While the two presidential advance teams set up their events in Minnesota, Bachmann and Graves engaged in a spirited verbal duel on KSTP-TV, the last of three encounters in less than a week.
Graves, who later introduced Clinton at the DFL rally, called Bachmann "the most partisan, most polarizing person in Congress."
Bachmann, running ads calling herself an "independent voice," used Clinton's visit as an opportunity to add to the record $23 million haul she has taken in for her race. She told supporters in an "urgent" e-mail that "BILL CLINTON IS COMING TO MY DISTRICT TODAY TO PERSONALLY CAMPAIGN AGAINST ME."
Obama aides downplayed any connection between Clinton's trip and Bachmann, who has been a lightning rod of criticism for Democrats. "He's here to fire up the base as well as to thank the huge network of grass-roots supporters," said Obama spokeswoman Kristin Sosanie.
Graves acknowledged that it was more a personal favor than a marker in the presidential election. "We're friends," said Graves, who raised money for Hillary Clinton's 2008 presidential campaign. When Bill Clinton came to Minneapolis last week, Graves wasn't able to attend, so Clinton offered to come up to the Sixth Congressional District. Added Graves: "I don't think they would have sent him to St. Cloud, Minnesota, if they didn't think we could win."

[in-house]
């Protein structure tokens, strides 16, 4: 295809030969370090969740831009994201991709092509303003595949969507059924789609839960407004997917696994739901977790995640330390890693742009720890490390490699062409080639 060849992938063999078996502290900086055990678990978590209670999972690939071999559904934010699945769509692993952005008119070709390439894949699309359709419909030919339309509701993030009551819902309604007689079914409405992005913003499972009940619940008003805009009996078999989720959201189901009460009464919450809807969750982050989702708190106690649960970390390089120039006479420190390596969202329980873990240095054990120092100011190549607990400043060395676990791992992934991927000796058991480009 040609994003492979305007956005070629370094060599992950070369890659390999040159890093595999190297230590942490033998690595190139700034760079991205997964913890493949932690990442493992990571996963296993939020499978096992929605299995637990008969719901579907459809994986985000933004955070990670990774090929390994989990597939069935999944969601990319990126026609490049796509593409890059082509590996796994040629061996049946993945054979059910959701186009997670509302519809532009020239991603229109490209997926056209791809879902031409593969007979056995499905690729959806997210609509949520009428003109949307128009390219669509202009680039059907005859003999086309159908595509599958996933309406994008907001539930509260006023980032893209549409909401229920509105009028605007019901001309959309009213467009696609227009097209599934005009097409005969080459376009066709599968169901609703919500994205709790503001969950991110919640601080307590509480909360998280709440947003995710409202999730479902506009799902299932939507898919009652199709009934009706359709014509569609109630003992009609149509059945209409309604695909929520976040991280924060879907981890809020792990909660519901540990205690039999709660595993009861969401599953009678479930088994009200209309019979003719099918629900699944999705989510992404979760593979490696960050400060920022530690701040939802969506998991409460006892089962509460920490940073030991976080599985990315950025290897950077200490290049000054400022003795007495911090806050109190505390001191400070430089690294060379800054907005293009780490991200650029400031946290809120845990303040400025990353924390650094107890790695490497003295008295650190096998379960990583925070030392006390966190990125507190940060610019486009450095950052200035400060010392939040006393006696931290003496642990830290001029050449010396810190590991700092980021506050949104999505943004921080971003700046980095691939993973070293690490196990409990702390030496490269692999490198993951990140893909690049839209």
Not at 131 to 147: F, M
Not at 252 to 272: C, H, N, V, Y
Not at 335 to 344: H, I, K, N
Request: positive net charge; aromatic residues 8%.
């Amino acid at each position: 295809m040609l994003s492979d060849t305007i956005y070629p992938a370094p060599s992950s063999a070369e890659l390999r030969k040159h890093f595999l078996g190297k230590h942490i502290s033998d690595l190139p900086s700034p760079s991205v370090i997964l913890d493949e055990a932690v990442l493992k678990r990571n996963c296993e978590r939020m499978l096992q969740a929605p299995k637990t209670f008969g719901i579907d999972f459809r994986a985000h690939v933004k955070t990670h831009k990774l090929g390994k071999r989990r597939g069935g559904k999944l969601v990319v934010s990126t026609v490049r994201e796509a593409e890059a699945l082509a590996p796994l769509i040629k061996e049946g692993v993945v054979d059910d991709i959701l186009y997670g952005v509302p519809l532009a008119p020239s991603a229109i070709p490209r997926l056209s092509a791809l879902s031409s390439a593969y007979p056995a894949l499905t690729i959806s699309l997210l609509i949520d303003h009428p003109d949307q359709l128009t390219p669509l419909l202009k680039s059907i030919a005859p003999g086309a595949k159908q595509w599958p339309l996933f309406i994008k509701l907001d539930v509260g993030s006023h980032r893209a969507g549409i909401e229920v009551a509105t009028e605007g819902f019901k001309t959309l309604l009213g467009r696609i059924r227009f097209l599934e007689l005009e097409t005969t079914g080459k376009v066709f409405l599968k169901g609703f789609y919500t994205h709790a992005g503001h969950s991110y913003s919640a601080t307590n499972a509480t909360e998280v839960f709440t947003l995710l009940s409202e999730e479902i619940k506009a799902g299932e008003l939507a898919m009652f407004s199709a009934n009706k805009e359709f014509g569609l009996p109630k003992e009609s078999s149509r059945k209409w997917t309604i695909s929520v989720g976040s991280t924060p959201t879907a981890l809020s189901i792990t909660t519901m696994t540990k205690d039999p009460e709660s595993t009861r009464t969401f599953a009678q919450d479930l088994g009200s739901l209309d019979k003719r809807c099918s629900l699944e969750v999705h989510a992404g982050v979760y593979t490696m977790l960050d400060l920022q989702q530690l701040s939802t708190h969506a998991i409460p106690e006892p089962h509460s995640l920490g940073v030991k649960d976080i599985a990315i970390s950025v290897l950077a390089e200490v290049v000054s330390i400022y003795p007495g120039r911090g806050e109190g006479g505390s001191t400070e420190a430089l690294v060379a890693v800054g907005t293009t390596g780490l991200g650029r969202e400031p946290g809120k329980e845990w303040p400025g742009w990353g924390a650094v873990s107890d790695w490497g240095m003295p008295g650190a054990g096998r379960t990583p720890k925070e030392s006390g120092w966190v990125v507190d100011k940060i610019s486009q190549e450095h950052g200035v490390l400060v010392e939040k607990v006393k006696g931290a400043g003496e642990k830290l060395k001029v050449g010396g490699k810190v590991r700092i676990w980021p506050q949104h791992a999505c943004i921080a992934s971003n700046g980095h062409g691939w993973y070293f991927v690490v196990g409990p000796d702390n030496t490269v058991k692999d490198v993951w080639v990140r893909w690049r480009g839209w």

"I'm here to support President Obama," Clinton told the shivering supporters who couldn't fit in the auditorium at St. Cloud State University. "But I'm also here to support what I hope will be our next congressman, Jim Graves."
For many Democrats, a chance to see Clinton also was a chance to recapture the enthusiasm of past presidential elections.
"I think it helps," said Dan Maranell of Waite Park, who got in line almost two hours before the doors opened. "Trust and respect. Those are the easiest things to lose and the hardest things to get back. This will help, to hear from somebody who did such a great job as president."